The Polytechnic Museum (Russian: Политехнический музей) is one of the oldest science museums in the world and is located in Moscow. It showcases Russian and Soviet technology and science, as well as modern inventions. It was founded in 1872 after the first All-Russian Technical Exhibition on the bicentennial anniversary of the birth of Peter the Great at the initiative of the Society of Devotees of Natural Science, Anthropology, and Ethnography. The first stage of the museum was designed by Ippolit Monighetti and completed in 1877. The north wing was added in 1896 and the south wing in 1907.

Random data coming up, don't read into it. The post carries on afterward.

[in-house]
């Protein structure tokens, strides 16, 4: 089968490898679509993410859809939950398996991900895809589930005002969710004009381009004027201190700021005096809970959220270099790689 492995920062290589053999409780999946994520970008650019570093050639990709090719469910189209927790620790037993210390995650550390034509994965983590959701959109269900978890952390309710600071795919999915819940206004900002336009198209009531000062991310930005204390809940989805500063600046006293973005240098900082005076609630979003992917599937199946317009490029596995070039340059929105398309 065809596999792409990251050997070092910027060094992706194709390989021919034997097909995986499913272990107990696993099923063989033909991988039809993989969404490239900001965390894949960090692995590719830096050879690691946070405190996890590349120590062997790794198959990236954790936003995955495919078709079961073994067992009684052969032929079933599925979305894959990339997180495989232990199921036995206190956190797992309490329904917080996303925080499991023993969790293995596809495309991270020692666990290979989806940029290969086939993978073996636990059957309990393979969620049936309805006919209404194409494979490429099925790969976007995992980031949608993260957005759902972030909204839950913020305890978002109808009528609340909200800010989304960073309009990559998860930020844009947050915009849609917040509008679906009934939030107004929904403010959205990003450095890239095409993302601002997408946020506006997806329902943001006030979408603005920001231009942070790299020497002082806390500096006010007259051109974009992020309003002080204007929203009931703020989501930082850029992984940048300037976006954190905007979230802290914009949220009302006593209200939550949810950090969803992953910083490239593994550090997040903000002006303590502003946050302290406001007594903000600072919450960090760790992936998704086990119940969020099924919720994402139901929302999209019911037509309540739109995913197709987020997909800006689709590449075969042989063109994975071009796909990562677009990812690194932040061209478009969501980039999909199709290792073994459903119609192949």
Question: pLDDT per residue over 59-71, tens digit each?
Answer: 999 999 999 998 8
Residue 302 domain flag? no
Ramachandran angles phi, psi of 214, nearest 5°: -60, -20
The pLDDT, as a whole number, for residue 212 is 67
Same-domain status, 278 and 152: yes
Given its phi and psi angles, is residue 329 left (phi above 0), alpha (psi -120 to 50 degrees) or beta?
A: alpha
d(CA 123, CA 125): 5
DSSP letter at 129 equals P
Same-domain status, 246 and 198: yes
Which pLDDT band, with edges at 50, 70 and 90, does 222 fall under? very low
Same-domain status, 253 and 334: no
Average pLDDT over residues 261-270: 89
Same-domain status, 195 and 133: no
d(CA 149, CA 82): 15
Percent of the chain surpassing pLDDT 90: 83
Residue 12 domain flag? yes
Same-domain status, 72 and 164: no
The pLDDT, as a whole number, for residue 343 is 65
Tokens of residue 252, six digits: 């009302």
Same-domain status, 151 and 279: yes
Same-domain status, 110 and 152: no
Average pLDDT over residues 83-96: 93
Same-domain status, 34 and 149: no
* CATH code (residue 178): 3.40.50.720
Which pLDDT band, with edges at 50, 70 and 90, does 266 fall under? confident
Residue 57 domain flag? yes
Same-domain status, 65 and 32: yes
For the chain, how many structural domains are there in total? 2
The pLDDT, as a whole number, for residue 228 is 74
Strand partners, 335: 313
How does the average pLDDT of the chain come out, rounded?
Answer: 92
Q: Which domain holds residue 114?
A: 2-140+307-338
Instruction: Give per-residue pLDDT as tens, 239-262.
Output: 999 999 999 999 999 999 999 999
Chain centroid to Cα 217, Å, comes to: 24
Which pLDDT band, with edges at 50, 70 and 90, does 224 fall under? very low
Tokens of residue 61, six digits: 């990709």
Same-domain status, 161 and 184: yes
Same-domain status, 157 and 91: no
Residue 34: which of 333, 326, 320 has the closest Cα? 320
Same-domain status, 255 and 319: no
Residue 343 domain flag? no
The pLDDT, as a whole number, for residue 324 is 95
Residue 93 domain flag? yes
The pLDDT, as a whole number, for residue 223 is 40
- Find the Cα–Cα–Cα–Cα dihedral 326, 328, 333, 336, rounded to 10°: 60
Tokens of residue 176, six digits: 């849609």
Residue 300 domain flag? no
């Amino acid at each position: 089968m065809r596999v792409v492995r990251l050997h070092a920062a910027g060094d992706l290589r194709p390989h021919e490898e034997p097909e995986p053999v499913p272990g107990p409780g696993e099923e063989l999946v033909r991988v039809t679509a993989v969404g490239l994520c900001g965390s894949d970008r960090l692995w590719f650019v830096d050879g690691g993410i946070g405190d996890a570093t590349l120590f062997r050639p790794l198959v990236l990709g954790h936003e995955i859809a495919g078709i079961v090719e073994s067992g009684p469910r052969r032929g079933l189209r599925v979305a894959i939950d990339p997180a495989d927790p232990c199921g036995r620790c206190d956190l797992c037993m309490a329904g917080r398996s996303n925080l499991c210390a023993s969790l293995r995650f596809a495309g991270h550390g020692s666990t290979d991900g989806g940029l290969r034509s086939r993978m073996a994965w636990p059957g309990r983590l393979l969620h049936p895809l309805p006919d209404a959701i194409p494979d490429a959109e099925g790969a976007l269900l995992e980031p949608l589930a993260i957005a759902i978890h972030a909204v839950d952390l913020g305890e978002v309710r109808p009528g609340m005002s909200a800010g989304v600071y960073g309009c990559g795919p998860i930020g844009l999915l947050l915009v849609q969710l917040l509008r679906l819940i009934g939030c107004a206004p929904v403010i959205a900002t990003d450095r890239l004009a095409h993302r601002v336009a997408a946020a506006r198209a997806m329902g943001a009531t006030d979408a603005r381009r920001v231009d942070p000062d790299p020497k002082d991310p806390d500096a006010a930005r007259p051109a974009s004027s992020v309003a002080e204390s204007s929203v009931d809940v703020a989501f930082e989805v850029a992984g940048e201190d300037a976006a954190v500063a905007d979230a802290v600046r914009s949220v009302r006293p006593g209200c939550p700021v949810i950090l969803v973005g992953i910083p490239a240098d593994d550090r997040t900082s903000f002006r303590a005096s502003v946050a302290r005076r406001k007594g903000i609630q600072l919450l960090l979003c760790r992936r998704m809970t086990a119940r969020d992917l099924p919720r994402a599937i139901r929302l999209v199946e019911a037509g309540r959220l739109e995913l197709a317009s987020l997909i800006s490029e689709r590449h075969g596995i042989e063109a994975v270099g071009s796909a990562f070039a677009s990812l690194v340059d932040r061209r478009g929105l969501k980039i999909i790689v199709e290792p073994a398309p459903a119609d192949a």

The Polytechnic Museum is the largest technical museum in Russia, and houses a wide range of historical inventions and technological achievements, including humanoid automata of the 18th century, and the first Soviet computers. The collection contains over 160,000 items in 65 halls including, chemistry, mining, metallurgy, transport, energy, optics, automation, computer engineering, radio electronics, communications, and space exploration. Highlights include the first achromatic telescope; an early solar microscope by German anatomists Johann Nathanael Lieberkühn; an early seismograph by Boris Borisovich Galitzine; galvanoplastics by Moritz von Jacobi; and early electric lights by Pavel Yablochkov.
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